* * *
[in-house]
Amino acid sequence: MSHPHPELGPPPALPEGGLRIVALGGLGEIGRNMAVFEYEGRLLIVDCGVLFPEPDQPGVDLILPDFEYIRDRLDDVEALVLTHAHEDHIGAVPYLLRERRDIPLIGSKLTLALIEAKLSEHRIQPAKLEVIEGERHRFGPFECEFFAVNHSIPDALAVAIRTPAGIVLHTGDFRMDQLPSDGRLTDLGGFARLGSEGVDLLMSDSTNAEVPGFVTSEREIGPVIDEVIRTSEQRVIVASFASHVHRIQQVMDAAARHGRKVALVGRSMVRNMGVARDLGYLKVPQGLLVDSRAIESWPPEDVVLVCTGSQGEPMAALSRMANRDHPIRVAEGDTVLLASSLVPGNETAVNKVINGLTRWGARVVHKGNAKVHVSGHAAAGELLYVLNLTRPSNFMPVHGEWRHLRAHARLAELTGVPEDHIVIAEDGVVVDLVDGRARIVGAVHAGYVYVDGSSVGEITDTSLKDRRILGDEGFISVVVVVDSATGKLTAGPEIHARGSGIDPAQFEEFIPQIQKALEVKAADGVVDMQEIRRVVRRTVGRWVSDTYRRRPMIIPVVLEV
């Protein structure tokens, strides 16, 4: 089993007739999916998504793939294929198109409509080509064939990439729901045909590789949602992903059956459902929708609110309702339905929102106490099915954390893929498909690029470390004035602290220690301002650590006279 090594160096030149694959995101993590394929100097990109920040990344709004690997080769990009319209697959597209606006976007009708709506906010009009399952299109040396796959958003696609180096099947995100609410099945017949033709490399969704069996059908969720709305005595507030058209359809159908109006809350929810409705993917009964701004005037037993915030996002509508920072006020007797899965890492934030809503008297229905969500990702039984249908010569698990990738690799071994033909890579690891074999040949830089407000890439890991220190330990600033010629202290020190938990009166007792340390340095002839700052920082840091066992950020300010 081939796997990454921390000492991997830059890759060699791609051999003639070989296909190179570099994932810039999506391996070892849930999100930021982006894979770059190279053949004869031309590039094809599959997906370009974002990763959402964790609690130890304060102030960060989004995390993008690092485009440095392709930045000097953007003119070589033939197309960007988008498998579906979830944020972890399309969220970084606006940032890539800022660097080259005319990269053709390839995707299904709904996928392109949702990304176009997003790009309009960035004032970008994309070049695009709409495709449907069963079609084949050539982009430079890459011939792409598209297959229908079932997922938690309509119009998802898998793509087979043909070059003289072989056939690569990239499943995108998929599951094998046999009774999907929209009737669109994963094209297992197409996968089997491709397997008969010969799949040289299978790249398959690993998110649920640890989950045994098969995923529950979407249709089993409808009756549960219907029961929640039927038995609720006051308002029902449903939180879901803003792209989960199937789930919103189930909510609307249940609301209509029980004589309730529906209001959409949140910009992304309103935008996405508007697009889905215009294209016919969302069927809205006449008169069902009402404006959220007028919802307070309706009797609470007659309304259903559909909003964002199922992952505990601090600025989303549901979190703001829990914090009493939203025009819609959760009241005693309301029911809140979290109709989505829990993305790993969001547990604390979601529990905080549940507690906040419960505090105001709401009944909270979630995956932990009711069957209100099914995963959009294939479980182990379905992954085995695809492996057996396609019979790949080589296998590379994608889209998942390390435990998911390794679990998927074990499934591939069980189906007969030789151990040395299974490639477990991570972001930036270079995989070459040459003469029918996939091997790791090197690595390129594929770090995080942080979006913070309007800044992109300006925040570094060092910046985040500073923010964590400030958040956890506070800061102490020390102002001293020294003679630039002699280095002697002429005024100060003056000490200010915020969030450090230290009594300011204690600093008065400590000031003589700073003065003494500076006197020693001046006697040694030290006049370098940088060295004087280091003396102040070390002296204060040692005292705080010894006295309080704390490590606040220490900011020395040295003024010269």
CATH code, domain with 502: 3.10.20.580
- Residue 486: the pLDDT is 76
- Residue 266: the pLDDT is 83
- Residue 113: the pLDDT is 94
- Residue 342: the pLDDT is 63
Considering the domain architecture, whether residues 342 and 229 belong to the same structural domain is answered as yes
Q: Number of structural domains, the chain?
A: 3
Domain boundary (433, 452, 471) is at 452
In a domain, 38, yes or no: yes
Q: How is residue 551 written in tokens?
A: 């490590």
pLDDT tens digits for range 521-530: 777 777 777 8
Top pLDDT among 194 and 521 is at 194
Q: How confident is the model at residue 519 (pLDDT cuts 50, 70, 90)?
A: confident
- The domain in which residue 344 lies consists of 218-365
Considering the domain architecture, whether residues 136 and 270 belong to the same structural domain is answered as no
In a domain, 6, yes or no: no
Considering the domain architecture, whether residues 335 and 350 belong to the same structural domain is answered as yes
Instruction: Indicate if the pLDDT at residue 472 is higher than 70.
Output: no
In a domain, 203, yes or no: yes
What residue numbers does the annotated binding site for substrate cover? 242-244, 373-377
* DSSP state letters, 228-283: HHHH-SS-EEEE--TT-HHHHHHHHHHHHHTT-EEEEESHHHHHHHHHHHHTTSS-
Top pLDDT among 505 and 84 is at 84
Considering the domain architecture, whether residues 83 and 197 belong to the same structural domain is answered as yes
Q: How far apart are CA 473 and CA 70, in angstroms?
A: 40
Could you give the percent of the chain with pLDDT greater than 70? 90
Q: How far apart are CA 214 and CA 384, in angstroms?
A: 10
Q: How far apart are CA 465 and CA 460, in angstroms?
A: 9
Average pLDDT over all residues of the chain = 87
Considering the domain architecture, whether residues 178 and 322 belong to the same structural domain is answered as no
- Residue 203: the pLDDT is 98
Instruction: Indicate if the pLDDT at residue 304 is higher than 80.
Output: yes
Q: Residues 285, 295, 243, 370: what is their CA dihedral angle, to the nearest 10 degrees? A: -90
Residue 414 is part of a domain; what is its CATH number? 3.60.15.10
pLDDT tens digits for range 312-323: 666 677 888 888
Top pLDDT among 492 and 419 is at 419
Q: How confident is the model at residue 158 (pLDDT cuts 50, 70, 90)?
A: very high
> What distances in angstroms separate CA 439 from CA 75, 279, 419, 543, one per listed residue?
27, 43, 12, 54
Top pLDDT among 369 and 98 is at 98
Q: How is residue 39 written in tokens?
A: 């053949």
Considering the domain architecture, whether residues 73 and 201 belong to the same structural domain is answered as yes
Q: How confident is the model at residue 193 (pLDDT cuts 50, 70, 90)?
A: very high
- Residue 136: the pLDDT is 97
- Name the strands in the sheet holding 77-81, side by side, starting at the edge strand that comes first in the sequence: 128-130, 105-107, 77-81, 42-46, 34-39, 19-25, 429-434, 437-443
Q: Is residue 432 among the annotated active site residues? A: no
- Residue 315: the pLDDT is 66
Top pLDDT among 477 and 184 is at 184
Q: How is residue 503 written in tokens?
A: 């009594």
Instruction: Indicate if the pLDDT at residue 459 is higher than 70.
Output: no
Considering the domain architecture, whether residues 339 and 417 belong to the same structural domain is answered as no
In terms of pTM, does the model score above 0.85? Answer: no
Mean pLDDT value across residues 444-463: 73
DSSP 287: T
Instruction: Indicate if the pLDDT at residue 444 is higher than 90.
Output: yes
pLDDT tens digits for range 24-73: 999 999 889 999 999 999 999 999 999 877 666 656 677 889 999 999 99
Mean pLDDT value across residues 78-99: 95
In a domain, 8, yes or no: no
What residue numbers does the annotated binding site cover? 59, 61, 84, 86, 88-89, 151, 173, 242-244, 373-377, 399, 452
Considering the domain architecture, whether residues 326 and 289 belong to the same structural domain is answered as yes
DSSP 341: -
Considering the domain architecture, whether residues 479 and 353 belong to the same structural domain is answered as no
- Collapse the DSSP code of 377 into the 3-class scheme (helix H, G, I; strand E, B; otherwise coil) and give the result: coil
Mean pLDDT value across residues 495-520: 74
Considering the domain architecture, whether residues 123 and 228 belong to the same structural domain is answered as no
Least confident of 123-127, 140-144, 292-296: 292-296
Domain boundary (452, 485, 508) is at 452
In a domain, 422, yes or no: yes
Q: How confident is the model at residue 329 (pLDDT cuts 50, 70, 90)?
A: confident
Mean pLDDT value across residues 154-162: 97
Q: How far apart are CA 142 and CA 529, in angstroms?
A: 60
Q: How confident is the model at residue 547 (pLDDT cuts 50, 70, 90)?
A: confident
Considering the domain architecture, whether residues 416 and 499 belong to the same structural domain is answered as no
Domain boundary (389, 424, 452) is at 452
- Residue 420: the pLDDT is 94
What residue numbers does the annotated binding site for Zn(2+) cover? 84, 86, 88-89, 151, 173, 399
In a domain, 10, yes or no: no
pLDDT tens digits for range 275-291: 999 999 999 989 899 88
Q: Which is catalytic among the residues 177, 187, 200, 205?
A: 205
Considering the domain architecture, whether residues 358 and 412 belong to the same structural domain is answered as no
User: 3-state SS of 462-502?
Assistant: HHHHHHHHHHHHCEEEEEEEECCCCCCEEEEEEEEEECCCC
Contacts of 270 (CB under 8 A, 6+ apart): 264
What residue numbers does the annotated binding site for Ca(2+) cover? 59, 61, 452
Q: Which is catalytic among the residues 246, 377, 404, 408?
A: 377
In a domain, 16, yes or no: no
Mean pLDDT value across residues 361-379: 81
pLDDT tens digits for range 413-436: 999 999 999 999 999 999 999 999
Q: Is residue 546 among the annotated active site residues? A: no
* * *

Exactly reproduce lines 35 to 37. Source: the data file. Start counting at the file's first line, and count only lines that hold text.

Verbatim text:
A: 10
Q: How far apart are CA 465 and CA 460, in angstroms?
A: 9